By the time you've got through your test and decided (as you almost certainly will) that you want something bigger and faster, you'll have had enough time to replace what you've sepnt from your 5000 and this'll get you something really nice in the 600cc class or even a decent 1000cc+ if you look around carefully.

On reflection, I also wouldn't bother with panniers for the small bike... it's not like you'll be touring Europe on a 125 is it?

I got my current bike for 1500 on e-bay with 18k miles on the clock and the insurance is dirt cheap because it's old(ish) and not considered high risk any more... never mind that it does 0-60mph in a smidge over 3 seconds, tops out at over 150mph and makes more power and torque than this year's 1200 Bandit. Supercar performance for less than the cost of a set of alloys for a Porsche. Very Happy

Again, go visit some local biker's forums; you'll get a wealth of more locally relevant advice and some of it may even be useful.



Kara Sharalien
Gallente
Federal Navy Academy
Posted - 2011.05.25 14:16:00 - [21]
 

Edited by: Kara Sharalien on 25/05/2011 14:19:50
Also as someone who went though the new rider experience recently, and who knows about the dangerous side of motorbikes from a medical point of view:

For the love of god don't get either of the two bikes suggested here as your first bike, they will kill your arse dead.

Start on a 250cc bike MAXIMUM. 600cc is far too much power for someone with no riding experience to sit on, and 800cc is a deathtrap for a new rider. If you are still alive and well after 12 months of riding, then move up to a bike that size.

also remember this: motorbike riding is perfectly safe, provided you do two things:

1. Wear all the gear, all the time. Not just a helmet, but a proper jacket, preferably with a spine support, reenforced pants (check out draggin jeans), proper boots and gloves. A crash WILL get you where you are weakest. One of my riding friends plays eve. Someone backed out over him a week or so ago, wouldn't ya know, he wasn't wearing his boots a the time because he was leaving the office. Had all his other safety gear on, but no boots means yep, crushed foot.

2. Don't ride like an arse. Those people that end up quadriplegics after horrific accidents? Lots of them end up that way because they were riding at double the speed limit.

Yes, sometimes you come off your bike at a legal speed, and there happens to be a bus coming the other way. Thats bad luck, and its a risk you take with this form of transport. But your safety gear can and will protect you under many circumstances. But only if you are doing the speeds its designed for. Road safety gear is designed for road speeds, not track speeds.

If you ride at a safe speed, don't do stupid **** like ride down the middle of the lane at traffic lights, and wear your safety gear come rain or shine, you will be as safe as anyone can expect to be on the road.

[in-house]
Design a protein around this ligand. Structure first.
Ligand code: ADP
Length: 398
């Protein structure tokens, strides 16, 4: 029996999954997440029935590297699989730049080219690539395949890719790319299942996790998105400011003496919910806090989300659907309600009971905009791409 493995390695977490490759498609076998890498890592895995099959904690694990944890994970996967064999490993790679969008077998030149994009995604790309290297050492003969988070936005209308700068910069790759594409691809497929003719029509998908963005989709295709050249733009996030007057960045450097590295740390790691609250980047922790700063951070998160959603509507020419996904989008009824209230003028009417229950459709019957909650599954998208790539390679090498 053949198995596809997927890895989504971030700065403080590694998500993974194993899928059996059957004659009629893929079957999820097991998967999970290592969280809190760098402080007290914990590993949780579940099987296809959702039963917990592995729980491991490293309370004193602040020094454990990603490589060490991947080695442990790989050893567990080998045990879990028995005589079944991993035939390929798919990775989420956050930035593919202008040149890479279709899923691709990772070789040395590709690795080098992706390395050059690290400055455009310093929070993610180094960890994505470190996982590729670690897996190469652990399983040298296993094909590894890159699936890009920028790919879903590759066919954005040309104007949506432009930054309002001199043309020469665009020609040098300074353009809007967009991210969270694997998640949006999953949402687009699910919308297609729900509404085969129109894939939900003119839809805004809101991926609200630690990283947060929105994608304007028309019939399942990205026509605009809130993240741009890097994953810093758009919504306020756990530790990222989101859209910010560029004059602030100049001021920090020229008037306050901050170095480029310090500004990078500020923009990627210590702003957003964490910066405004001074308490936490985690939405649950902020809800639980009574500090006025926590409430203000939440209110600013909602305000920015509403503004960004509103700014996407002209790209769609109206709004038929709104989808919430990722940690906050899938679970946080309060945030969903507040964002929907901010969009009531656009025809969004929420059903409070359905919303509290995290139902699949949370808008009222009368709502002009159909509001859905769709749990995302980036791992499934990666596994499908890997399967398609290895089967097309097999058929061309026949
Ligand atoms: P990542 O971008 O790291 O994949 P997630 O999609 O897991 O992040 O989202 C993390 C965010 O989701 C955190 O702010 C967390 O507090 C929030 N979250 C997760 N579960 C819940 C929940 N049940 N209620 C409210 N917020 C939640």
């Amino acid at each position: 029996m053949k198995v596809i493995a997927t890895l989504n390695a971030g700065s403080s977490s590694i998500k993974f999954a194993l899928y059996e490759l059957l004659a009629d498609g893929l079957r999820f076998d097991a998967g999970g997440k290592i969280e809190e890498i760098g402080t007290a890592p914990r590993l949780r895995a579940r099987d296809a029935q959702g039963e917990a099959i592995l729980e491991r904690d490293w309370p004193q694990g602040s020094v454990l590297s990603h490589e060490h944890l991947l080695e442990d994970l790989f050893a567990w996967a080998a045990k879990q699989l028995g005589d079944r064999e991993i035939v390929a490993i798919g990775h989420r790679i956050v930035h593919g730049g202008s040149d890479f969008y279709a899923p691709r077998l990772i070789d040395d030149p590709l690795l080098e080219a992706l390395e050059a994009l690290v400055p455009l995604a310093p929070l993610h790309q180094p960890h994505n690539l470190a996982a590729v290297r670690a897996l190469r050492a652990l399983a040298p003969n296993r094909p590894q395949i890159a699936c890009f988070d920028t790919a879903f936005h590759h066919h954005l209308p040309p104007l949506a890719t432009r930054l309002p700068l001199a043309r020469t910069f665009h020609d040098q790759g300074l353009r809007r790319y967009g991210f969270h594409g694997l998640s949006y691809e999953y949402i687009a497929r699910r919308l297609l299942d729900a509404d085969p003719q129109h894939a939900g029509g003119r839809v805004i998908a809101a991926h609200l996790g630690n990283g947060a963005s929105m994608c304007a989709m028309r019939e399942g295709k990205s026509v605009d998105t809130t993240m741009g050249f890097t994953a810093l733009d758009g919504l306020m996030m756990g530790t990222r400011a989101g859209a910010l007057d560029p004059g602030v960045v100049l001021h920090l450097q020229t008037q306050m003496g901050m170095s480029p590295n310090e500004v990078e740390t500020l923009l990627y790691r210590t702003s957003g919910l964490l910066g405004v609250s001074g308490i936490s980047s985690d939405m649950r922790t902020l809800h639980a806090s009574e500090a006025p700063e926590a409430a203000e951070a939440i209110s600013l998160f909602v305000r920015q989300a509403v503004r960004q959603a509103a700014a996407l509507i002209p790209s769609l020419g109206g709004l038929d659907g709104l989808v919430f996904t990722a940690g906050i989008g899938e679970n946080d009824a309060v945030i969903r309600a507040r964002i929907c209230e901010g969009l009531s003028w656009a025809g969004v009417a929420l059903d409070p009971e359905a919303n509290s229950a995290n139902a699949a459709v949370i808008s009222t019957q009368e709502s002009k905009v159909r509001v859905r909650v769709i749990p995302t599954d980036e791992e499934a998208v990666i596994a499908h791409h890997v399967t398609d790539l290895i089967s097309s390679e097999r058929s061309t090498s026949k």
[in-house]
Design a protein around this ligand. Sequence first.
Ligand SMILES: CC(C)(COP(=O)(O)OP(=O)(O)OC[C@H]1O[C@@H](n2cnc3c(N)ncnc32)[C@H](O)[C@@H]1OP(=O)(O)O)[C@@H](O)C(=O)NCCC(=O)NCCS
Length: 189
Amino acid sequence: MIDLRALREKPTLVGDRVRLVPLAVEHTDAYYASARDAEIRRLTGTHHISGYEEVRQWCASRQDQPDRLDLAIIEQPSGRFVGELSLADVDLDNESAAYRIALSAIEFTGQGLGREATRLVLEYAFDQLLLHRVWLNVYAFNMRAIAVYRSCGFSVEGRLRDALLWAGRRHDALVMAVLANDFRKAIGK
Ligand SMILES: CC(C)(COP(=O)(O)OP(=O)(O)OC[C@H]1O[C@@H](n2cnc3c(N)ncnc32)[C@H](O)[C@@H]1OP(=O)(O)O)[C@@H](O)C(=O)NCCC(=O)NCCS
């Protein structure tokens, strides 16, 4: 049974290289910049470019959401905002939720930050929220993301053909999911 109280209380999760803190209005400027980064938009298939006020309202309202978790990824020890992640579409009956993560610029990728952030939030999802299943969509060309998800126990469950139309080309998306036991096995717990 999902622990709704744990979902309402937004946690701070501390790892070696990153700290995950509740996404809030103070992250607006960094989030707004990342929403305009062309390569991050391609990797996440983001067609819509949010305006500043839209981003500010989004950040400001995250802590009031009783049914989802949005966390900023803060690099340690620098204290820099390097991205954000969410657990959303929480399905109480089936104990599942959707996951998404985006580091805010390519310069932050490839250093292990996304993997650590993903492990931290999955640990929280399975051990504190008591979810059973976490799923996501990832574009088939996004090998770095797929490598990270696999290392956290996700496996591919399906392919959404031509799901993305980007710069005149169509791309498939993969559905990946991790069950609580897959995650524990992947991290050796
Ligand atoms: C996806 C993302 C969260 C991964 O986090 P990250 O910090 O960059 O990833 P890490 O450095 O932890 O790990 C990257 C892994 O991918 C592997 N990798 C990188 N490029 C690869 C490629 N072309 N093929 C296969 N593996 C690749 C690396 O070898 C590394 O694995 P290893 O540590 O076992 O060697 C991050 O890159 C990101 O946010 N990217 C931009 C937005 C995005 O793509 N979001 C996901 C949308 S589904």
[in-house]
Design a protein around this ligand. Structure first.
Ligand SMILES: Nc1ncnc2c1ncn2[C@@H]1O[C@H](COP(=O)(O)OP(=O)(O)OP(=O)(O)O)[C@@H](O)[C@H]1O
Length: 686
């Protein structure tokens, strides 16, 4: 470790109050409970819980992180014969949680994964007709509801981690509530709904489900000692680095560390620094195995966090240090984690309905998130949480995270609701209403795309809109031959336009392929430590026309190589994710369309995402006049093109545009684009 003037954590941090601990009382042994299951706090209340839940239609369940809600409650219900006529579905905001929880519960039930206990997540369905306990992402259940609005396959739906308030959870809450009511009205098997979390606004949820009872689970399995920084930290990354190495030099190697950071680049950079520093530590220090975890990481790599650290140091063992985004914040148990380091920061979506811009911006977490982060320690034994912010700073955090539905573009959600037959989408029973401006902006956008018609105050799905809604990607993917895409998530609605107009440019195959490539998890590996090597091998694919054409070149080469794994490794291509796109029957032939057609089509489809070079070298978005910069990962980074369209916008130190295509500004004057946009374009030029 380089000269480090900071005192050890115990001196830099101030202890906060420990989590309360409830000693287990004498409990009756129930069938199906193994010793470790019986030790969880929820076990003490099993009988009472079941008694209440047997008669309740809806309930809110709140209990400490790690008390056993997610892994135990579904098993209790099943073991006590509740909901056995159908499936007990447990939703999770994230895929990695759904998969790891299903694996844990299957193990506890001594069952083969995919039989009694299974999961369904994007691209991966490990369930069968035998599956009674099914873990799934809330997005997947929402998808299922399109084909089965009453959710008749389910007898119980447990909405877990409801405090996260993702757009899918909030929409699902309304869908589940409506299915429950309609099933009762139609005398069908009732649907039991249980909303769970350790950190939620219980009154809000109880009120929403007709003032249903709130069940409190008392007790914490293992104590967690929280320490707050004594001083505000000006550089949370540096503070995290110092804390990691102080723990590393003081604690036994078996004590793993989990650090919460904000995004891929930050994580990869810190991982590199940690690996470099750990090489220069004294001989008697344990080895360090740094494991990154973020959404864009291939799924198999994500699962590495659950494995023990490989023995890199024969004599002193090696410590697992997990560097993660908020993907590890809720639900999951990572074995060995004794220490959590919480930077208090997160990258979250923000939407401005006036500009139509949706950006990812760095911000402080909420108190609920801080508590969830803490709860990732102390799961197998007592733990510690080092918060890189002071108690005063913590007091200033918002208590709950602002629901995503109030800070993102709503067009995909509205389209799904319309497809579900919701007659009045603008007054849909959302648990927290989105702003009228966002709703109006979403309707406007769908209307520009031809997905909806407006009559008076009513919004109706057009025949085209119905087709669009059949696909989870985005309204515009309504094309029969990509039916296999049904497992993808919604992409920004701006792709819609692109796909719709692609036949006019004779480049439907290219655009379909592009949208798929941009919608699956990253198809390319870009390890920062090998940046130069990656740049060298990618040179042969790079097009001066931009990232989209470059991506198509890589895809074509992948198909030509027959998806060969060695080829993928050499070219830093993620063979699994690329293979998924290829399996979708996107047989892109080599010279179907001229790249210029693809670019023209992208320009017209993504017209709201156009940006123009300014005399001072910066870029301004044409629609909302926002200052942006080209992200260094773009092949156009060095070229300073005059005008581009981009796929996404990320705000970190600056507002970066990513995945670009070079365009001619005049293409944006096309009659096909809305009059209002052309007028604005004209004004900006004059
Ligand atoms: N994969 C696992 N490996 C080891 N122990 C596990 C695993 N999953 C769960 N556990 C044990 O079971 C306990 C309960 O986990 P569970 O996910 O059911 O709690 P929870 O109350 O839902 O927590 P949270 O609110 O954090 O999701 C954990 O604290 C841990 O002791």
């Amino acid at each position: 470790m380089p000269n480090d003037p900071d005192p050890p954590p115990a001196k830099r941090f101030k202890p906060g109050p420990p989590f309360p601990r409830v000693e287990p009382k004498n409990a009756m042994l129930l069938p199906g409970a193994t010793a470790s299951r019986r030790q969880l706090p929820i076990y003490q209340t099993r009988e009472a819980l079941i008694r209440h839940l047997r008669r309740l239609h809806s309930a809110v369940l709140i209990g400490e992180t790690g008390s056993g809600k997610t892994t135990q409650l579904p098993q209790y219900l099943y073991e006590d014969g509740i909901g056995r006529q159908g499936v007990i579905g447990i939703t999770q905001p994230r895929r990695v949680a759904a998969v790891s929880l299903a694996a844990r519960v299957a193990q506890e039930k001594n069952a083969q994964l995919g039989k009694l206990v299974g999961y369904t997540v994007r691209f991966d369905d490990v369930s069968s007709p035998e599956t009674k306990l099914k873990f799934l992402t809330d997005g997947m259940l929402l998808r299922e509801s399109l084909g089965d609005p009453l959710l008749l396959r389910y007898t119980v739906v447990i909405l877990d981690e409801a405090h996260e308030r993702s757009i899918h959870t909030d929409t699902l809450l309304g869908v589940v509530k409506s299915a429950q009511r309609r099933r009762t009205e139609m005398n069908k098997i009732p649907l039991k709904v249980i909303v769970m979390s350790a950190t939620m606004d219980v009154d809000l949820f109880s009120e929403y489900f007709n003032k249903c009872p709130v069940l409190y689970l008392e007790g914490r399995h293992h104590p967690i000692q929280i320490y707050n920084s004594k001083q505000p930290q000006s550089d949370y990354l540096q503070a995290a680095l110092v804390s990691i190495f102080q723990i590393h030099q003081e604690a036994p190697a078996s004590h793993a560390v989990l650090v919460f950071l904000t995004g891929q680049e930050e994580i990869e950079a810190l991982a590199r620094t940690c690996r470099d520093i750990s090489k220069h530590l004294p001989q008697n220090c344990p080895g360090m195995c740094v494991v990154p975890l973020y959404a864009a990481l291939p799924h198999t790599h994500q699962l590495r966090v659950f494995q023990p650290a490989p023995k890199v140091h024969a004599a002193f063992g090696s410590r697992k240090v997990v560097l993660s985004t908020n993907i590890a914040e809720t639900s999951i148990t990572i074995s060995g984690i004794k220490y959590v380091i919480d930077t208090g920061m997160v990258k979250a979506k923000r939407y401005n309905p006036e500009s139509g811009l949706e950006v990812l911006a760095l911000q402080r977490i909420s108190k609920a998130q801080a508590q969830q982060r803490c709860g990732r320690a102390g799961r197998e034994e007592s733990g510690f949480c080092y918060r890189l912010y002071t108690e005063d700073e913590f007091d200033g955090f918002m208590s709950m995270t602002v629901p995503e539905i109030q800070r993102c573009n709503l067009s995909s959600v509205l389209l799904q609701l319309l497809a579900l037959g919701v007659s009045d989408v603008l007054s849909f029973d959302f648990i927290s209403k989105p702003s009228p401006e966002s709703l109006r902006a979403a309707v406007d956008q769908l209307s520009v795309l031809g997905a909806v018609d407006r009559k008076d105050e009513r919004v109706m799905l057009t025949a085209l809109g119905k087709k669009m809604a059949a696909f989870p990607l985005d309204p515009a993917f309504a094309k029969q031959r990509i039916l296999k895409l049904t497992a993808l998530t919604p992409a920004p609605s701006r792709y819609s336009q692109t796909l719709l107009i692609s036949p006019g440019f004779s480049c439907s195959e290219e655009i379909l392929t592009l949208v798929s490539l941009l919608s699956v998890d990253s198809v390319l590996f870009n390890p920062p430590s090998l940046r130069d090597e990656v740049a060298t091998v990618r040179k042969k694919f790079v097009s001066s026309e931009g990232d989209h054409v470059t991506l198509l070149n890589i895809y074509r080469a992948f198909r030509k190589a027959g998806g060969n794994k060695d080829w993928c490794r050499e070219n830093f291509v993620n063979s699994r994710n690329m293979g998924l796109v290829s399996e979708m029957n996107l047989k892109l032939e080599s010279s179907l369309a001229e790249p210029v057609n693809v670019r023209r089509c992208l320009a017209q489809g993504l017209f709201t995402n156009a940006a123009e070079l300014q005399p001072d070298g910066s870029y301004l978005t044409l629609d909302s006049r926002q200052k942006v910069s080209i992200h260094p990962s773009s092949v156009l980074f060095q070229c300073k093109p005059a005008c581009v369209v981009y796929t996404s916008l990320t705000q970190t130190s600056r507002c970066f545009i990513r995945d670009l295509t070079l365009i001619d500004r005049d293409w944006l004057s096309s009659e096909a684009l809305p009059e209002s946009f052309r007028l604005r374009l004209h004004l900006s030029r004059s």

Also read this, its hilariously informative.

Tagera
Posted - 2011.05.25 15:12:00 - [22]
 

I've been thinking of getting a bike for years. Unfortunately I live in the us and it's hazardous for riders. Even with share the road signs and warnings about being aware for people on motorcycles most drivers are still idiotic and lame brained. Of course thats due to the fact alot of morons don't follow traffic laws. It's illegal in pretty much every state to talk or text on a cellphone unless it's a hands free setup. Yeah....lots of people really follow that one. Most riders are also fairly responsible. You get the occasional nimrod. Had one guy on a crotch rocket come screaming between me and another car on a packed street. Wearing no helmet...he had about 3 inches to spare on a side...almost took off my driver side mirror.

Barakkus
Posted - 2011.05.25 16:19:00 - [23]
 

You could always get one of these Cool

Wu Spacey
Posted - 2011.05.25 18:38:00 - [24]
 

Originally by: Barakkus
You could always get one of these Cool


I like that woman on it.

Opertone
Caldari
Deep Core Mining Inc.
Posted - 2011.05.25 20:30:00 - [25]
 

No matter what others say...

A motorcycle with a side cart is relatively safe.

Sport bikes and Scooters are the most dangerous. Bikes driven in city traffic are dangerous. Over the last 2 years 3 friends of mine had 5 accidents involving 1000 cc Honda Fire, 90 cc Honda Leed, 600 cc HONDA CBR.

Get yourself an ENDURO bike (130 kg) or even a CROSS country bike (70 KG). Lightweight, maneuverable, not supposed to go at very high speed.

I have a DIRT bike myself (45 KG) - easy to handle, hard to hurt yourself. Speed up to 60km/h. DIRT Riding on field/muddy track is more fun than doing 200 km/h on asphalt. Safer too.

To make it look caldari - order a paint job. Or have your helmet painted. With defense plates you will look 'caldarish'.

Kara Sharalien
Gallente
Federal Navy Academy
Posted - 2011.05.26 01:21:00 - [26]
 

Originally by: Opertone
No matter what others say...

A motorcycle with a side cart is relatively safe.

Sport bikes and Scooters are the most dangerous. Bikes driven in city traffic are dangerous. Over the last 2 years 3 friends of mine had 5 accidents involving 1000 cc Honda Fire, 90 cc Honda Leed, 600 cc HONDA CBR.

Get yourself an ENDURO bike (130 kg) or even a CROSS country bike (70 KG). Lightweight, maneuverable, not supposed to go at very high speed.

I have a DIRT bike myself (45 KG) - easy to handle, hard to hurt yourself. Speed up to 60km/h. DIRT Riding on field/muddy track is more fun than doing 200 km/h on asphalt. Safer too.

To make it look caldari - order a paint job. Or have your helmet painted. With defense plates you will look 'caldarish'.


A dirt bike painted dark dark blue with red striped would be obviously caldari to anyone who has flown a caldari t2.

joydivisionn
Posted - 2011.05.31 17:03:00 - [27]
 

There is only 1 answer possible on your question....

Moto Guzzi centauro.

Google and admit im right :-)

(And yes, they realy ride verry fine)